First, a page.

For years it has been a personal tradition to visit the streets surrounding the Museum of Natural History on the night before the parade to see the balloons being inflated. It’s quite the “Gulliver’s Travels” moment to see these giant denizens of pop culture laying on 79th St, tethered by the many ropes that will be used by the handlers to control them as they fly down Broadway the following day. Kids come looking for their favorites to squeal at –
I always liked the Snoopy balloon the best, and Felix the Cat was pretty cool too. Growing up as a kid in New York, we felt like the parade was ours, and we each had our favorite balloons. My Mom loved Bullwinkle, and when we were watching the parade on television we would call her out of the kitchen to come watch him float down the street with his big floppy antlers.
When I first started going to see the balloon inflation the night before Thanksgiving, it was more like a neighborhood block party, with mainly New York locals and kids who lived nearby selling hot chocolate off of card tables for 10¢ a cup. Now it’s become a major tourist event, complete with police barricades and throngs of visitors from countries as near as Nassau County and as far away as China. The guy in the drawing above was just one of many tourists taking a selfie with the Ronald McDonald balloon.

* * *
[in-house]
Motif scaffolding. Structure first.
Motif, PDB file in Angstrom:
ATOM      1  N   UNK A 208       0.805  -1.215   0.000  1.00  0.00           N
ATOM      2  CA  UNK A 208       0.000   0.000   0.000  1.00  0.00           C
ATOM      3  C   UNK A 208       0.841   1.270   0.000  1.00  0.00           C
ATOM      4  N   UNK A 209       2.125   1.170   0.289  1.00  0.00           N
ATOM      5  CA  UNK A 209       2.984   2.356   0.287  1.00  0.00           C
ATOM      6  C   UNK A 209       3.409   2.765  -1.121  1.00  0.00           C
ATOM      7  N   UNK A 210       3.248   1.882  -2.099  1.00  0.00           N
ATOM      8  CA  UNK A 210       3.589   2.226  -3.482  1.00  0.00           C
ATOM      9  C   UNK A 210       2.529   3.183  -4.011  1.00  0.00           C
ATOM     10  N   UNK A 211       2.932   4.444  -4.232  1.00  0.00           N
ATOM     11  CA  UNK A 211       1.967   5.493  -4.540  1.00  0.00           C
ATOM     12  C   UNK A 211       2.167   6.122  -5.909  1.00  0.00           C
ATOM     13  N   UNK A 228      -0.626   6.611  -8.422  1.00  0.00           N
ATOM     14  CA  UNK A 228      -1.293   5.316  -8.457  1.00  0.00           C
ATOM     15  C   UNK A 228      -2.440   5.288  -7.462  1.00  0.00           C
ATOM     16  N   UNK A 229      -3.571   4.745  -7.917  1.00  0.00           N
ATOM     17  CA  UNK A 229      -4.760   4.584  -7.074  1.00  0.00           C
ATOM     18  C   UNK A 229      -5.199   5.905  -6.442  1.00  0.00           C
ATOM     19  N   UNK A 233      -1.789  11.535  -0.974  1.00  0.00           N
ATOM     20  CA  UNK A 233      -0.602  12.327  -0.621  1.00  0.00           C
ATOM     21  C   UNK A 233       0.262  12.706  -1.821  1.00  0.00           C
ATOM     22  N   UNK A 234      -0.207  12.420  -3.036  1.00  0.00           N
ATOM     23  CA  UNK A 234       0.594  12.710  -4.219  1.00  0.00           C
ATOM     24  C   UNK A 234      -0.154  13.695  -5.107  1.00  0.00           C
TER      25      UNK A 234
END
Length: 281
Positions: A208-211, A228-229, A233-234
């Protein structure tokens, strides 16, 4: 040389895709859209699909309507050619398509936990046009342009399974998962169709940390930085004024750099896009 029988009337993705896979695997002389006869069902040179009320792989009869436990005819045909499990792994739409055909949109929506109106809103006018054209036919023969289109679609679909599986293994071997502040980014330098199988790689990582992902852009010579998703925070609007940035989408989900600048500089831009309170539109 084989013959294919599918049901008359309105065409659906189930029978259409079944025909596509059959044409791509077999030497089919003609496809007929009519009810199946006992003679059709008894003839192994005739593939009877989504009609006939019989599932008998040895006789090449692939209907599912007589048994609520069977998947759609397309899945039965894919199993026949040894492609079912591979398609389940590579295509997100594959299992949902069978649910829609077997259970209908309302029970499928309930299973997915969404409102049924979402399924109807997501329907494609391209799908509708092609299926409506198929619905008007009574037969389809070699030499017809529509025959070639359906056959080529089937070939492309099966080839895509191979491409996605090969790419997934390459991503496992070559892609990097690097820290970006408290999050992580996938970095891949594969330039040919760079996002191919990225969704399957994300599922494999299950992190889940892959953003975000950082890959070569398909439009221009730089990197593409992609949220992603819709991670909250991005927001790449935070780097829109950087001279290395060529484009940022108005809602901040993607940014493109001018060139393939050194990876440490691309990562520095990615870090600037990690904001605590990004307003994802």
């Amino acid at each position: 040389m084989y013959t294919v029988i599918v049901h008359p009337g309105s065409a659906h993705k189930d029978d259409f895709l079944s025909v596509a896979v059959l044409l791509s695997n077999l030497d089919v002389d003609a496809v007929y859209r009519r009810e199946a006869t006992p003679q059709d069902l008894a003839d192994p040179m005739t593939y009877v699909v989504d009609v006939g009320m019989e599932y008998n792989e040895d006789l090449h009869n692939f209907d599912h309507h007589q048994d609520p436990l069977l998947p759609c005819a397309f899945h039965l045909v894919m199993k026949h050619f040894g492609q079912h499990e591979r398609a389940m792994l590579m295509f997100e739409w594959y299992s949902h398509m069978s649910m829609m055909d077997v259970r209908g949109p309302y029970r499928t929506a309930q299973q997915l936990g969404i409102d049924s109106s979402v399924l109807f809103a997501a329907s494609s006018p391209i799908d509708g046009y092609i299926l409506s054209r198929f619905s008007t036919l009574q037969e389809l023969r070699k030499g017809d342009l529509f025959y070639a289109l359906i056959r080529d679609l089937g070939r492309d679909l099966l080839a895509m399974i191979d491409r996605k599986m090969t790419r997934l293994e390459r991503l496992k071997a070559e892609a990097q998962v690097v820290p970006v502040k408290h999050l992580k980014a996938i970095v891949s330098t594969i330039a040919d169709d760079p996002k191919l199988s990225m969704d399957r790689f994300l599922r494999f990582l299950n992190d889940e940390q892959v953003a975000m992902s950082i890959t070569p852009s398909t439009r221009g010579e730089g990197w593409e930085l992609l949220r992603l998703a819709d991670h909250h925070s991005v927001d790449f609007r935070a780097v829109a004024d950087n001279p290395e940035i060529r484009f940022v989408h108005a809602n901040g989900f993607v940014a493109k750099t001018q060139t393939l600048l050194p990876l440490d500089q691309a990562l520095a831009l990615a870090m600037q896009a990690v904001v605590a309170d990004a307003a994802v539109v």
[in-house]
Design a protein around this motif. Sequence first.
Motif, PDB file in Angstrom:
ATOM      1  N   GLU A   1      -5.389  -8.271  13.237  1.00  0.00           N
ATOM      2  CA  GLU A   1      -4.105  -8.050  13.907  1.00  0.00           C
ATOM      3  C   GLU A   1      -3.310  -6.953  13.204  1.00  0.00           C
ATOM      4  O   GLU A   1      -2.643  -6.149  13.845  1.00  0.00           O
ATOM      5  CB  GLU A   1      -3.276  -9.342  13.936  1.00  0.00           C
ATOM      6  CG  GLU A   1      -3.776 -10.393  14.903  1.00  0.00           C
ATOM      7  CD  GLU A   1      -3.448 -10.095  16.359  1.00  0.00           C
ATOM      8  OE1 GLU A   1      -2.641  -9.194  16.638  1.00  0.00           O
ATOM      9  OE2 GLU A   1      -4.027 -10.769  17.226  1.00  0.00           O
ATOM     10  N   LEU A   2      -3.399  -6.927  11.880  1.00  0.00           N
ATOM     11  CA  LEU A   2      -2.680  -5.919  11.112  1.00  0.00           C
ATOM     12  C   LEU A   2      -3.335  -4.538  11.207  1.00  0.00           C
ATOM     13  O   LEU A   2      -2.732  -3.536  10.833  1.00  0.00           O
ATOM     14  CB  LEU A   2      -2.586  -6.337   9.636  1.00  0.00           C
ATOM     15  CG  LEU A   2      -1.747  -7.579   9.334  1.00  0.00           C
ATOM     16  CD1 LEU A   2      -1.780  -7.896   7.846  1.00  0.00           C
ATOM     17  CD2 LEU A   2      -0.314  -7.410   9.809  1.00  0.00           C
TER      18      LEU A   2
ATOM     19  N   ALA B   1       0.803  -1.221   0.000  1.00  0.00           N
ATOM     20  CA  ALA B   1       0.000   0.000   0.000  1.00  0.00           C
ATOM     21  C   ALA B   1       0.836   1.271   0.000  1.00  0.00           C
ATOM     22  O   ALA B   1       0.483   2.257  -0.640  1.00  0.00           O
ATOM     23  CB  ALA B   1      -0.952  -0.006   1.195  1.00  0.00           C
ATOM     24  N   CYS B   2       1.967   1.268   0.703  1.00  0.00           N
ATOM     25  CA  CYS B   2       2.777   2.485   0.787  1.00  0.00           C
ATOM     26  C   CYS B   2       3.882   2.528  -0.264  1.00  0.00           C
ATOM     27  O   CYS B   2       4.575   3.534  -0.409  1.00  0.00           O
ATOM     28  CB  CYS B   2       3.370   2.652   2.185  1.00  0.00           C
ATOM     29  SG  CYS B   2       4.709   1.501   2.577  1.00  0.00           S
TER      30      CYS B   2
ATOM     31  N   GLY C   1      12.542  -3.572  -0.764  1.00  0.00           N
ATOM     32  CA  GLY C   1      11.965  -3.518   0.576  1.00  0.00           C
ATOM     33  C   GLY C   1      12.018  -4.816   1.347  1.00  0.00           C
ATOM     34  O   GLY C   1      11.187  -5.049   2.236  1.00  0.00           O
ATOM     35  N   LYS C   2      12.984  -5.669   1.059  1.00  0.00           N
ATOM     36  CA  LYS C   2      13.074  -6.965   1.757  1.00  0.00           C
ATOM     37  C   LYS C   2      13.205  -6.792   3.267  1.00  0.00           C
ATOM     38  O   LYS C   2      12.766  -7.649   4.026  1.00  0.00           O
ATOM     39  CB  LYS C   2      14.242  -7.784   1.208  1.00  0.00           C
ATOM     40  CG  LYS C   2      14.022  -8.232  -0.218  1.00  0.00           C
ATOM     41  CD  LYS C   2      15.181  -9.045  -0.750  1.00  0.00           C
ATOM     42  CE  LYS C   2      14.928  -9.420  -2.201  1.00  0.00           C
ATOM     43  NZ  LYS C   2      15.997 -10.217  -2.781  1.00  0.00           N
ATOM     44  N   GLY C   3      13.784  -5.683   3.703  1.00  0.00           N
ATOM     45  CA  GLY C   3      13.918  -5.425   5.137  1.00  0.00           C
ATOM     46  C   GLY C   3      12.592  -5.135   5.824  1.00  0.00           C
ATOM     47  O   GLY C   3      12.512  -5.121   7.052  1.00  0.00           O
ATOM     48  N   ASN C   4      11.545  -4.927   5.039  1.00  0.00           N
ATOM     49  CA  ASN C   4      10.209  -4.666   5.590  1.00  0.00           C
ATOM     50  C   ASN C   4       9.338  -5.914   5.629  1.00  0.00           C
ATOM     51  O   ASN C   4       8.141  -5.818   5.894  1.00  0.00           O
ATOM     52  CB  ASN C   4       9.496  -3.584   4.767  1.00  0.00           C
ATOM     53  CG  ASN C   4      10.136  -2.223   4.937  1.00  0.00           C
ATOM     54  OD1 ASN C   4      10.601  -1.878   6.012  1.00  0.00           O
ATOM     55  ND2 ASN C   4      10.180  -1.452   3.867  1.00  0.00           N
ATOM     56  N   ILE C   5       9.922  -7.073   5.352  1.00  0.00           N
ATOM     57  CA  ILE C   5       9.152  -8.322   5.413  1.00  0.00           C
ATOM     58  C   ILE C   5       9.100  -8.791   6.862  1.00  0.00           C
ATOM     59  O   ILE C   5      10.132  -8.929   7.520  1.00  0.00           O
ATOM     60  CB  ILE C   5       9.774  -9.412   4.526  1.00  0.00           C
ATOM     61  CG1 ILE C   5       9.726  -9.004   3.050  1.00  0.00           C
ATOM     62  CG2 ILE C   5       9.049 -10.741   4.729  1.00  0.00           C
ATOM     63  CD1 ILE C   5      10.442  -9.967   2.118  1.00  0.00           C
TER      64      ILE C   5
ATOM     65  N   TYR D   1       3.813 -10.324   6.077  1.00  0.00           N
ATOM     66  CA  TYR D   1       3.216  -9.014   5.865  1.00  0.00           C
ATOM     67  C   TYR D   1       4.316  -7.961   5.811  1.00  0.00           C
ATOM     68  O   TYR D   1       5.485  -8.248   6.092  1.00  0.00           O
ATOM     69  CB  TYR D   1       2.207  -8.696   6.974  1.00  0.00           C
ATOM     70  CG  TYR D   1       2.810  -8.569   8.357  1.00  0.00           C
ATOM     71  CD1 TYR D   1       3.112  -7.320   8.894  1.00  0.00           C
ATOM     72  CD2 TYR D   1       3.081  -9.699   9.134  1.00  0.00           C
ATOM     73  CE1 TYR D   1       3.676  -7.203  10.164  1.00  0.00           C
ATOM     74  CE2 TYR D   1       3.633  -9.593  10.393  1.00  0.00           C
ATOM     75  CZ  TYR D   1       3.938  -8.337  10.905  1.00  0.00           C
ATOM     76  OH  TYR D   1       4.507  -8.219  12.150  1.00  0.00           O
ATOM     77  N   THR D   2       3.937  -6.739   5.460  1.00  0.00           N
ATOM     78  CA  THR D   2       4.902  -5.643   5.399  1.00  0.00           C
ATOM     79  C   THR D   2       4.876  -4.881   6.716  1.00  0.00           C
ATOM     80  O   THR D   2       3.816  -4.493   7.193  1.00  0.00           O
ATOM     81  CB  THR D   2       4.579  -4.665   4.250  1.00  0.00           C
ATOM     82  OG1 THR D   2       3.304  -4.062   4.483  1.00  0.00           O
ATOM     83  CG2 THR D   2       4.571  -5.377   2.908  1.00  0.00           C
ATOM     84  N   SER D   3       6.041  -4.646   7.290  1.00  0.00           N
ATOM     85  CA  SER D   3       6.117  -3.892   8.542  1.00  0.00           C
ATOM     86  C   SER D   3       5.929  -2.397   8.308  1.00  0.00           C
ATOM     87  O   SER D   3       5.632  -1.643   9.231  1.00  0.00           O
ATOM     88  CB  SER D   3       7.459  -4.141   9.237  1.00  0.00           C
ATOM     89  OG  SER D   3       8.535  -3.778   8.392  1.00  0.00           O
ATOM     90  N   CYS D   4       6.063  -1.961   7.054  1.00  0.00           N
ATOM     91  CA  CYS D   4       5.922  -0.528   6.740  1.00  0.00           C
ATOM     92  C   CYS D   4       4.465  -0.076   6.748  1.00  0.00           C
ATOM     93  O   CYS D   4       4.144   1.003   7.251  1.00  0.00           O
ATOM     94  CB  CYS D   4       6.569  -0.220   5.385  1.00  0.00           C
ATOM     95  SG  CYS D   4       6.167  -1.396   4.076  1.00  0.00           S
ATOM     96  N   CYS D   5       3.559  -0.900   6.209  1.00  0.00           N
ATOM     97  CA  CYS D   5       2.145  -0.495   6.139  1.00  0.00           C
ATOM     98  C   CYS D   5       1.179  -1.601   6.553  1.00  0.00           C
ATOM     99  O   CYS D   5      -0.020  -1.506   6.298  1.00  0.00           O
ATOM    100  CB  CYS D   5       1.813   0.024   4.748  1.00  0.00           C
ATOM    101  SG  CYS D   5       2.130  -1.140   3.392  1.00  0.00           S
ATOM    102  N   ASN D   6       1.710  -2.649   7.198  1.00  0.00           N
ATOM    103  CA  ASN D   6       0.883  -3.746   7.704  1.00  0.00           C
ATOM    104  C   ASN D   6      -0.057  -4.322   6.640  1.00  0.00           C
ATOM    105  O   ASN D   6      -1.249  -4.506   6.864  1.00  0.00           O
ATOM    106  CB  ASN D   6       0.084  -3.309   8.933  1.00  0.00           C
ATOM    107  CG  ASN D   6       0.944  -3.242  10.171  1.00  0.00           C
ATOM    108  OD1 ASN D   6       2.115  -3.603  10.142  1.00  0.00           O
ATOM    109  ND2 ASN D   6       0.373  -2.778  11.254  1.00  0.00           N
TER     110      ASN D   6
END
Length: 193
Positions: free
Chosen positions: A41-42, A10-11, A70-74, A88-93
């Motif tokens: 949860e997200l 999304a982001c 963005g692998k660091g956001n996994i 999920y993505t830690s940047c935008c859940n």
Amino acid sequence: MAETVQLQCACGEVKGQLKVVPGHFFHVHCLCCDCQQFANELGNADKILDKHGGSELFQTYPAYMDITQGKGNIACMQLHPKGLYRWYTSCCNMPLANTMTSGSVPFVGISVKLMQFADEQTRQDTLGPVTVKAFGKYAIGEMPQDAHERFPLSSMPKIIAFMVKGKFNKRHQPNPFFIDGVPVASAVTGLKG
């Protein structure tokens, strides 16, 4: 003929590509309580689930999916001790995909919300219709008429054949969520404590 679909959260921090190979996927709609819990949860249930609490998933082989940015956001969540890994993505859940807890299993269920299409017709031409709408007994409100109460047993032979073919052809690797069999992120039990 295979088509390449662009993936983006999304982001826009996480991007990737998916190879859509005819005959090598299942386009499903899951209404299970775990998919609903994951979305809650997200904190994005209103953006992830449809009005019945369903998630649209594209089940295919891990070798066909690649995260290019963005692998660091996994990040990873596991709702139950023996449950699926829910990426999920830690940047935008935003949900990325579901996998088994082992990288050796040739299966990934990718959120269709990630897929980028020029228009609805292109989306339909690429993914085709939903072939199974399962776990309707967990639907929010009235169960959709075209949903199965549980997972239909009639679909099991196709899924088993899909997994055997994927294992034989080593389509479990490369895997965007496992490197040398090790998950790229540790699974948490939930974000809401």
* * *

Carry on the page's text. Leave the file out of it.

The last time that I went, the crowds were so large that it took us an hour just to get around the corner. Wow. I guess the locals will have their streets to themselves this year, wonder what kind of pre-parade event there will be, if any.
And then of course, there is the parade itself. These two illustrations were made years ago when I lived on the Upper East side of Manhattan, near Central Park. I had plans for later that day, but just could not resist running over to sit behind the park wall and make a few drawings of my favorite parade, on my favorite holiday, in my favorite city. I remember how warm the day was, and the brilliantly colored the leaves on the Central Park trees were. Plus there was a Kermit balloon that year – what could be bad?